Nov 072012

Out on the streets, that’s where we’ll meet

By Captain Comannokers

When we think of people and transportation, we think of infrastructure, and safety, and technology – and probably a number of other key factors before we land on an aspect that often is overlooked: the emotion of transportation.

And there is plenty of it, too, especially in the daily travels of an urban area. People are wound up balls of emotion, even if they don’t readily admit to it. We acknowledge the fact that we get emotional at large events in our lives – weddings, funerals, holidays, and (of course) national championships. But we aren’t ready to admit that “I drove to Kroger to pick up some milk, bread, Fritos, and two pounds of flavored Tootsie Rolls – and it was soooo emotional.” The fact is, a lot of the time it is. 

You get frustrated sitting at long lights, or at the person driving too slowly in front of you. And the anger evoked by parking lot maneuvering, well, that’s next-level shit.

I consider myself a defensive and safe cyclist, but I’m hardly free from emotion. When riding as a city commuter, one finds countless opportunities to be flummoxed by the transportation gaffes that I see: from drivers who don’t want to recognize me as a vehicle, to fellow cyclists who make up rules of the road as they go.

I try to keep things in perspective. Around my northside neighborhood, bikes are often used a little differently than what I use mine for. I’m one of only a handful of people wearing a helmet, and no one is going to start regularly using hand signals. I think “trying” to keep perspective while riding is a challenge – but also valuable. I prepare myself for tricky places for driver-cyclist interaction, so I don’t start yelling as a knee-jerk reaction if things don’t go as I expect them.

Avoiding reactionary emotions to each and every move on the road is healthy no matter what form of transportation you are using. That’s true for public transportation, too. When I rode the subway everyday, holy crap, there were some people who were walking sticks of anxiety dynamite.

I also have adjusted my routes based on a “least emotional” scale. Depending on time of day and traffic patterns, I put myself in situations that are going to yield the least stress and fewest flare-ups.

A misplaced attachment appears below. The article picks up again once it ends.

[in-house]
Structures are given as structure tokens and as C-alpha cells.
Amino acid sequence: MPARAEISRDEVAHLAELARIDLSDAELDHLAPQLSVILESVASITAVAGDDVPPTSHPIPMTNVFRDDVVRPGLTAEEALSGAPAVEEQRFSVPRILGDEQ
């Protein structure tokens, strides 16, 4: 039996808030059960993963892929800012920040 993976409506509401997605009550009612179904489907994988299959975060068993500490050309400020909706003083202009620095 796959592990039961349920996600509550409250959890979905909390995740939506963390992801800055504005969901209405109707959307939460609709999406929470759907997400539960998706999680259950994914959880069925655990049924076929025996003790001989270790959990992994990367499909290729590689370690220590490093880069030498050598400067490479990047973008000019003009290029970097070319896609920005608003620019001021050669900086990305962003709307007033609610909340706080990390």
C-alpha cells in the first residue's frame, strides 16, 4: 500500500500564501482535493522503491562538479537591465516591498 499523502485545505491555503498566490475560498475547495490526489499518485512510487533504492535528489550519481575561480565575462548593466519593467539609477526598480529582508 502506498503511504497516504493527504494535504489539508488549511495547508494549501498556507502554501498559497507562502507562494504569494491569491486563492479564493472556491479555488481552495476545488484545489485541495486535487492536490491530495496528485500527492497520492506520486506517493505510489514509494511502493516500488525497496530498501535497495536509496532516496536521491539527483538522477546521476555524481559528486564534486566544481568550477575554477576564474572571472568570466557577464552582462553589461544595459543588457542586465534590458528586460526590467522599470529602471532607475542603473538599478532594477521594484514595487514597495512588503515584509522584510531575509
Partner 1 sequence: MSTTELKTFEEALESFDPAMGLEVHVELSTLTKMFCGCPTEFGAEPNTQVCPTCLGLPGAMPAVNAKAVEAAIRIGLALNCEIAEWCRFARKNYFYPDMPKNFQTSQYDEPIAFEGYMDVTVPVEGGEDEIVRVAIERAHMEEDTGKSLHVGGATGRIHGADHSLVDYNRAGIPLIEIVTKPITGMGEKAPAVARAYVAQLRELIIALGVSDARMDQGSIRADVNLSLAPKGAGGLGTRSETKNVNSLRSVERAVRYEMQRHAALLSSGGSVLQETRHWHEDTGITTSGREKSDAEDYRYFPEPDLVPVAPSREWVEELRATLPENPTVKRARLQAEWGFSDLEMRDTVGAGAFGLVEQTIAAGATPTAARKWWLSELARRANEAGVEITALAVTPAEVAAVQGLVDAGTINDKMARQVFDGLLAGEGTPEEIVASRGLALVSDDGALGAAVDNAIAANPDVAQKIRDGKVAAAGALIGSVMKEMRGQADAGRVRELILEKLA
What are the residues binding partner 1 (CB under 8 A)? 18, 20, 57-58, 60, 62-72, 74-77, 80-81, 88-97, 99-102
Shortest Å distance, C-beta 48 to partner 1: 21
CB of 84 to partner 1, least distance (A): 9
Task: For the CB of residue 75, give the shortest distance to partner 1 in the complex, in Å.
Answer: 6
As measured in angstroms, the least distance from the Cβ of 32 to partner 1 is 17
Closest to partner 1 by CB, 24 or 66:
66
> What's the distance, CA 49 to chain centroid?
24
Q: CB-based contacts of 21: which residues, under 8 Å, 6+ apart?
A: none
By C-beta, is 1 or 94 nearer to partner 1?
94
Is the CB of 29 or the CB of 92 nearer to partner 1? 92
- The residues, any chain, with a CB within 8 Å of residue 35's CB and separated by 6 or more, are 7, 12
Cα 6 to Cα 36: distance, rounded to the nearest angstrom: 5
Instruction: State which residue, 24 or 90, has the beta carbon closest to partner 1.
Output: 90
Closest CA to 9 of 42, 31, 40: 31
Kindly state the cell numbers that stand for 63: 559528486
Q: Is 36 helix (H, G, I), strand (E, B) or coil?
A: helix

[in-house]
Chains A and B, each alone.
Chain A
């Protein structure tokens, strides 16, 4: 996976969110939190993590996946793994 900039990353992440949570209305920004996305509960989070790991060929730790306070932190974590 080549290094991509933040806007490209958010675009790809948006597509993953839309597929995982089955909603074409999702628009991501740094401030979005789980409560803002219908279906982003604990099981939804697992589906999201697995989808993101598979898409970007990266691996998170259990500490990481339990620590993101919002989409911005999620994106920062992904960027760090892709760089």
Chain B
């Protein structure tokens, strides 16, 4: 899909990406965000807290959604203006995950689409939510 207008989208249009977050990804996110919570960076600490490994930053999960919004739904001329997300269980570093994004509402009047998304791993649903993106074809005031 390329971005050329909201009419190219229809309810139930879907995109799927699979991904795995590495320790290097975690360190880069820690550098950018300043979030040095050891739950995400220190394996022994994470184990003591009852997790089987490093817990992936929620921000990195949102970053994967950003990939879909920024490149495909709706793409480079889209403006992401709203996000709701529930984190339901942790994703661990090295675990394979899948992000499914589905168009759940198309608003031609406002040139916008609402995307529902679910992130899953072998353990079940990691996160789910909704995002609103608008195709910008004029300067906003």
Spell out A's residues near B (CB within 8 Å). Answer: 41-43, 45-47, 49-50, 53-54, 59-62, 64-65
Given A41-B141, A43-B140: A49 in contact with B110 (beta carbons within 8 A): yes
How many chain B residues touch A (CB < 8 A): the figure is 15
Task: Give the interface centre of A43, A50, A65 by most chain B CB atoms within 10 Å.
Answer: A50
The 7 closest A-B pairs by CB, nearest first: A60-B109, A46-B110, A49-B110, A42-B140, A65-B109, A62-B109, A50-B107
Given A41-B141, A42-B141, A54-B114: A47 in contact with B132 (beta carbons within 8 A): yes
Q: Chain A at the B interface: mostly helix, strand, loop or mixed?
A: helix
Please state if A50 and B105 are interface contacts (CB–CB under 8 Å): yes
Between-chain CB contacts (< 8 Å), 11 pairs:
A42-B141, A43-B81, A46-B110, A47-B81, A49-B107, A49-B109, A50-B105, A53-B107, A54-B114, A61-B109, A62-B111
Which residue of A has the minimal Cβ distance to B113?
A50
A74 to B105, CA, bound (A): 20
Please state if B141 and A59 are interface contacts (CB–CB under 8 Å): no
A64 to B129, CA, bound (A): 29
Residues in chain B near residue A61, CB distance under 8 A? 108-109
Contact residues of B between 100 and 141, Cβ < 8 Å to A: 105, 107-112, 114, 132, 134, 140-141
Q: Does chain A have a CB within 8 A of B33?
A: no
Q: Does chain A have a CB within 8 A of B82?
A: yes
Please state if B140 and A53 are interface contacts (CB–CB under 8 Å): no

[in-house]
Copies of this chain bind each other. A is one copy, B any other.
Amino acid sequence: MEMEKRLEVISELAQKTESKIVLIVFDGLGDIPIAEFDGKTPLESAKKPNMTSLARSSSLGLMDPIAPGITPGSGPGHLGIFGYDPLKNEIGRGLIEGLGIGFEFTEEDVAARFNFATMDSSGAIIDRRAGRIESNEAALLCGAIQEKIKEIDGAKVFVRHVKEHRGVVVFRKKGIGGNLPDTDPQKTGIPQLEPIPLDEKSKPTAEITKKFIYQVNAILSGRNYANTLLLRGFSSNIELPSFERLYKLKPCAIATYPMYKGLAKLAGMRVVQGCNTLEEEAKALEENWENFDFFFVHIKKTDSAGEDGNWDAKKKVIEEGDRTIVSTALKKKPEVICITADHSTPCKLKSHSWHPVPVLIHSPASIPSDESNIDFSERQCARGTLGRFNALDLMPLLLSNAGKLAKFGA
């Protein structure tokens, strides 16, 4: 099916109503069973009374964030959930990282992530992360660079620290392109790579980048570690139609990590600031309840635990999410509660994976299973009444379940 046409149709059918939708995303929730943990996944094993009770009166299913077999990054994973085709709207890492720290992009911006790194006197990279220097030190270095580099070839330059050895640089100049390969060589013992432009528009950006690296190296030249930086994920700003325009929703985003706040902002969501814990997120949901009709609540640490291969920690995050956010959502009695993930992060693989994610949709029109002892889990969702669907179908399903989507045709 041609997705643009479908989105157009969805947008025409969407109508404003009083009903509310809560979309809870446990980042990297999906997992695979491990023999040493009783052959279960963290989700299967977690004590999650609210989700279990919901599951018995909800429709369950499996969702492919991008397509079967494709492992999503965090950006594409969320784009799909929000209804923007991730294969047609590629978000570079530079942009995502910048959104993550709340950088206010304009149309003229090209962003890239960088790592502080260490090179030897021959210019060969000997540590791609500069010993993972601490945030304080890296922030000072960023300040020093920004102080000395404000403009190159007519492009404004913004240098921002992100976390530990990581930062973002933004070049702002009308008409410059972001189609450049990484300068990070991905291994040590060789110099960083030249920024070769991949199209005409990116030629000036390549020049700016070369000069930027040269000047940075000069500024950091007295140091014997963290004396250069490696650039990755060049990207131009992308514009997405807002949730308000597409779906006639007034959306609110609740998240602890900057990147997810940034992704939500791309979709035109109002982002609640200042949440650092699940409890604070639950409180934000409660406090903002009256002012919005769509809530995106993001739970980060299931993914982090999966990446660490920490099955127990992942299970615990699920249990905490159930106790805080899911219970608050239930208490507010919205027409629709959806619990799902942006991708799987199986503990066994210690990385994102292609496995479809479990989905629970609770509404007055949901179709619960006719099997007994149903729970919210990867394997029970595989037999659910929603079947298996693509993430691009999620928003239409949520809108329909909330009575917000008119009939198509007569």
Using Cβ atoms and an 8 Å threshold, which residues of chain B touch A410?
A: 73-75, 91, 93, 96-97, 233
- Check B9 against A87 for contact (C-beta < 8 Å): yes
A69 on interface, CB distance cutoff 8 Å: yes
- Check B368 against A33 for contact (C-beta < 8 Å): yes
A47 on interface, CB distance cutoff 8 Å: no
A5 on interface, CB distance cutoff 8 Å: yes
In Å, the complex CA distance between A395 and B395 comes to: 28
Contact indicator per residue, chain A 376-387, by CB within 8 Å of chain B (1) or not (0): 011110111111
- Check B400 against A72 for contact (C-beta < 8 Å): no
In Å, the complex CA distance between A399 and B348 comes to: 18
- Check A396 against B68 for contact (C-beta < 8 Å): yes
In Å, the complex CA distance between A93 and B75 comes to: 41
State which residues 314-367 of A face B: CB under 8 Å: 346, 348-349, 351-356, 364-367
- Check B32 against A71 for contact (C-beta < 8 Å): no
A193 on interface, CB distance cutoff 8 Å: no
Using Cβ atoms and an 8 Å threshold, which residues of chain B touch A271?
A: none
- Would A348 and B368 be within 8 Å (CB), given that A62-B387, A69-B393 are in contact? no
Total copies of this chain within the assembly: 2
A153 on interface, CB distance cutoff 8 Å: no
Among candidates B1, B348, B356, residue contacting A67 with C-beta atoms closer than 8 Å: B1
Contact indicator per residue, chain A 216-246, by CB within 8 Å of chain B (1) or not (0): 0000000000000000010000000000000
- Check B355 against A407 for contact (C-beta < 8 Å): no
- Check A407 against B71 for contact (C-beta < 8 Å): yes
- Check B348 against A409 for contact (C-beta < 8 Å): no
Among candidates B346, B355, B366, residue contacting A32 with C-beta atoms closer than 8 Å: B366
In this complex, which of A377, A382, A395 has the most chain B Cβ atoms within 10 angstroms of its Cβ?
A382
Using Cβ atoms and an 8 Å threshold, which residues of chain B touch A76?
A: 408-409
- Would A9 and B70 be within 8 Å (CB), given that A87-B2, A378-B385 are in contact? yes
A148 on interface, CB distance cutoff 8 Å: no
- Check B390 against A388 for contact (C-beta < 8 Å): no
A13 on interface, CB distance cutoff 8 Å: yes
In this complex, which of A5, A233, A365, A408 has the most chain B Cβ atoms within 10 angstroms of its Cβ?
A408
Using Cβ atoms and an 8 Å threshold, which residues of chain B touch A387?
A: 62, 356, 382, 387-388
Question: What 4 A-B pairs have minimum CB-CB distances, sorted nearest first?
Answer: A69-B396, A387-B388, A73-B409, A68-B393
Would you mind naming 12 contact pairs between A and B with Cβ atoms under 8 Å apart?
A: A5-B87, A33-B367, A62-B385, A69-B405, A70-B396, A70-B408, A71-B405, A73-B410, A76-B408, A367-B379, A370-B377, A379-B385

For example, I used to ride Elm Tree/Rose southbound on my way to work, but the issues that arise at High St. just became too much to deal with daily. Now I take MLK through downtown with improved results. I noticed that the recommended bike route by the LFUCG agrees with that choice as well (especially over an option like Upper St.). If I wanted to continue on Rose, I had to struggle to get left into the lane of through traffic. If I chose to take the right hand turn onto High St., vehicles would try to pass me at the last second in order to take the same right hand turn. It was a lose-lose most days.

When we are in cars, we don’t often think in those terms – if there is construction, or an accident, we will take an alternate route, but most of the time it’s just hit the gas and go. Add in the insanity of the “technology” part of transportation (calling, texting, liking your friend’s all-too-humorous Facebook status), or the outrage caused by seeing those behaviors behind the wheel, and simply going somewhere is fraught with emotional peril.

You shake your head in disbelief, you swerve, you gun it. Some people might even yell, or be adept at the art of sign language (we’ll try to keep that type of behavior hushed and under our breath here). It’s an emotional journey out there, even for the most Zen of us. The sooner we recognize that, the better off we will be.

In order for pedestrians, cyclists, and drivers to share the road successfully (I’m not talking utopia here, simply that we relax our reflex to throw things at each other), we all need to check our level of emotion when on the move. What you do to calm yourself is up to you: count to 10, whistle, listen to Yanni – whatever it takes.

Be safe out there – this is your Captain speaking, over and out.

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